Legislation update – Right to Rent and Brexit


When Brexit actually happens, if at all, is still up in the air, with the snap December general election (the third in five years) leaving a number of options on the table – from a clean break Brexit to leaving with Boris Johnson’s deal, a second referendum or no Brexit at all.

Despite this ongoing uncertainty, the government has for a long time been asking businesses and individuals – including letting agents and landlords – to prepare for life outside of the EU.

This has included updated guidance for the controversial Right to Rent policy in a post-Brexit world.

Here, we explore what that guidance said as well as analysing the latest goings-on with Brexit and the December poll.

New Right to Rent guidance provided

Back in in May, the UK government outlined new guidance on Right to Rent checks for EU citizens after Britain leaves the union. It stated that until January 1 2021 EU, EEA and Swiss citizens would continue to be able to prove their Right to Rent in England as they do now – by showing a passport or permitted identity documents either on their own or in combination.

When this guidance was issued, the government – then still led by Theresa May – made a cast-iron promise that this situation would remain the same regardless of whether the UK leaves the EU with or without a deal.

In addition, the guidance made clear that letting agents would not be required to check whether tenants who are EU nationals arrived before or after the UK left the EU, or if they have status under the EU Settlement Scheme or European Temporary Leave to Remain (Euro TLR).

Further to this, letting agents would not be required to retrospectively check the status of EU, EEA or Swiss tenants or their family members who entered into a tenancy agreement before January 1 2021. Irish citizens, meanwhile, would continue to have the right to rent in the UK and prove their right to rent as they do now, for example by using their passport.

Industry guidance

In September, ARLA Propertymark, urged its member agents and the industry to make to be up to speed with how Right to Rent is likely to work on November 1, the day after Britain was due to leave the EU until the recent extra extension.

The industry has now been given some more breathing space with the delay to January 31 2020, but there has been no updated guidance since May 2019 – and nothing from the Boris Johnson-led administration – which means that landlords and letting agents could lack clarity over what exactly their responsibilities are if and when Britain leaves the EU.

ARLA provided useful guidance on how to plan for Right to Rent for November 1 and beyond, which could still prove handy for those operating in the lettings sector, but a fresh update from the government would be welcome in the lead-up to the election. Otherwise letting agents and landlords – who some argue have been acting as de facto border police as a result of Right to Rent – will continue to battle confusion and uncertainty.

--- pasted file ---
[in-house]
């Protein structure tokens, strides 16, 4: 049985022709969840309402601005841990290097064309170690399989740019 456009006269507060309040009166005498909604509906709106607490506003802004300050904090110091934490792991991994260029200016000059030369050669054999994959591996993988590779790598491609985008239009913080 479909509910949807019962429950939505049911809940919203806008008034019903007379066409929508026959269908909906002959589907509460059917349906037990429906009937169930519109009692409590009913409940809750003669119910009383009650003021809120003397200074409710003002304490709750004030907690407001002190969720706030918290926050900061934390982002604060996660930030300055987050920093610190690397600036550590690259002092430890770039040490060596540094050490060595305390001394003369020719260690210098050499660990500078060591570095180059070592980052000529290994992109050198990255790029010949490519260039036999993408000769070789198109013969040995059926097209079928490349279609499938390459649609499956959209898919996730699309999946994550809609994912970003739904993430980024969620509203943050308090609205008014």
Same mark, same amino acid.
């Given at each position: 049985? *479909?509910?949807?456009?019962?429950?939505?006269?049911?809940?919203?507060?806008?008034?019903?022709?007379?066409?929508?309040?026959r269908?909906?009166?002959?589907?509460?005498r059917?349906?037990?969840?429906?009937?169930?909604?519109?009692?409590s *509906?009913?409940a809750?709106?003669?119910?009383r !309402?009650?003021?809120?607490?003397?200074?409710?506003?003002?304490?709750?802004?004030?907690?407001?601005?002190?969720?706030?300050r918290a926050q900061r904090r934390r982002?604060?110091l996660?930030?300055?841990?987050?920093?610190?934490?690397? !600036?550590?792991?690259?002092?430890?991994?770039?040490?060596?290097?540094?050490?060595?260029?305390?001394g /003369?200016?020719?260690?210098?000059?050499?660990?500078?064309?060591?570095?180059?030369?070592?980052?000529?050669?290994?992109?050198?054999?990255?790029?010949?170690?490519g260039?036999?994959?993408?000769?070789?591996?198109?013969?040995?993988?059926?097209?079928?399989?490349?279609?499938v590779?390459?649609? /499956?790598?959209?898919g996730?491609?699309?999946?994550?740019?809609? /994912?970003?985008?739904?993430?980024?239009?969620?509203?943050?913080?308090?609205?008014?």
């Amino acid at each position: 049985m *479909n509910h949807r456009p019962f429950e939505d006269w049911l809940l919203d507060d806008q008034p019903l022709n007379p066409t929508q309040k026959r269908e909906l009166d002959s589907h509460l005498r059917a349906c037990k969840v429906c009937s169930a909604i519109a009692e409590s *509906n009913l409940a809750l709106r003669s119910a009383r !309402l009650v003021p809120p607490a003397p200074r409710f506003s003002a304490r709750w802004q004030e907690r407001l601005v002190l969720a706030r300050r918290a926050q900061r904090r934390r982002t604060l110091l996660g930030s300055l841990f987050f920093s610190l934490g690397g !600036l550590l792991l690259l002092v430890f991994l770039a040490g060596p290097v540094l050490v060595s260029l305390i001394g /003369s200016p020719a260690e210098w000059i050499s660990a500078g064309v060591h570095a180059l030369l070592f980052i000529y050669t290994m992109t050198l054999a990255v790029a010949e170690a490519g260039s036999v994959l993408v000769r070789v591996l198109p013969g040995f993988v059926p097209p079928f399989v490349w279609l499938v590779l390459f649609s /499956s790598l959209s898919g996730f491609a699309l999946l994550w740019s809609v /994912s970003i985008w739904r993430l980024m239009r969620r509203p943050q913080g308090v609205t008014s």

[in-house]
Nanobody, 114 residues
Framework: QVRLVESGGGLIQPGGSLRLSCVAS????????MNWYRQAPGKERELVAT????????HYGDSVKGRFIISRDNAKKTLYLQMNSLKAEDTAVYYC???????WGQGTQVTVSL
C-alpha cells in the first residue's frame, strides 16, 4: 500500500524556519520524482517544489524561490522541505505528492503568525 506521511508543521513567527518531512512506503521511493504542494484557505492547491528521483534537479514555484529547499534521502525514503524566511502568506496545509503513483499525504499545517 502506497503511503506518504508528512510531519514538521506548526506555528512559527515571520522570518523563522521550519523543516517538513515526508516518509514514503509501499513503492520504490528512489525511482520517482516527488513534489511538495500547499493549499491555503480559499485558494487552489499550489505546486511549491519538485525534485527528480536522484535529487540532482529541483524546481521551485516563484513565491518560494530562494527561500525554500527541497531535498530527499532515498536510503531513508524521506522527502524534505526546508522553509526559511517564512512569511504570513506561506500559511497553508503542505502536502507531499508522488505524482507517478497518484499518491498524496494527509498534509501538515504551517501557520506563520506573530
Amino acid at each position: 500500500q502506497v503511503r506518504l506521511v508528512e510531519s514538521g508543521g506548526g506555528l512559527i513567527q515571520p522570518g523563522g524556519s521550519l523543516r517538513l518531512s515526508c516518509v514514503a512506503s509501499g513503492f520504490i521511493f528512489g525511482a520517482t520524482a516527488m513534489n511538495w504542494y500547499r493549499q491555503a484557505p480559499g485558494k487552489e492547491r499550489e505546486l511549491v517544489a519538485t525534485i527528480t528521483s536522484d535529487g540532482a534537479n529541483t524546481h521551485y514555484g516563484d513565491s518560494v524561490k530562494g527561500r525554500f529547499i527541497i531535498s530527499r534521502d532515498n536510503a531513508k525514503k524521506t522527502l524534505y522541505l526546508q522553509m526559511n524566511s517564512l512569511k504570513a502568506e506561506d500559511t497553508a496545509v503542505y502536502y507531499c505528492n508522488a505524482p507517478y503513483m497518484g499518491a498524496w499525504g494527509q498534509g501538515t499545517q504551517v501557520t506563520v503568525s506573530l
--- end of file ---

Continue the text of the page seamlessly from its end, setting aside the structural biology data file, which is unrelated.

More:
With the election campaign now in full swing, the Residential Landlords Association (RLA) recently released its six-point manifesto, with point three being: ‘End Right to Rent – ending the Right to Rent scheme would end the discrimination that has emerged as a result of the stringent checks’.

There have been regular calls for the controversial policy to be scrapped ever since it was rolled out across England from February 1 2016, and the new government will continue to face these calls after the election.

 How did we get to another election?

It’s a question weary voters may well be asking themselves as they are dragged to the polls for a fourth major vote since 2015, but Boris Johnson’s failure to get his Brexit deal through Parliament by his ‘do or die’ Halloween deadline meant he was forced to ask the EU for a further extension to January 31 2020.

He also, in an effort gain a majority and break the Brexit impasse, pushed hard for an election – which, at the third time of asking, he was successful in achieving when Labour (satisfied and reassured that no-deal was effectively off the table for a few more months) agreed to the poll on December 12.

Party members, activists and politicians are all now out on the campaign trail as they try to gain votes in the first pre-Christmas election since 1923. It’s set to be the most unpredictable election in recent times as long-held loyalties are tested, with Labour’s Leave-voting northern heartlands threatened by the Conservatives and the Brexit Party, the Tories facing wipeout in Scotland, and the Lib Dems hoping to build on its recent surge in support with ambitious plans to gain more than a hundred seats.

There has been much talk of tactical voting and Leave or Remain alliances, but there is every chance we could be back to where we are now – with a hung parliament and a deeply divided House of Commons reflecting a country that is effectively split in half on the biggest political issue of our times.

For now, the rules surrounding Right to Rent remain the same, but in a fast-changing political arena this could change fast so landlords and agents need to make sure they are sticking to the regulations when granting new tenancies – even if further guidance from those at the top would be very welcome.

Legislation update – Right to Rent and Brexit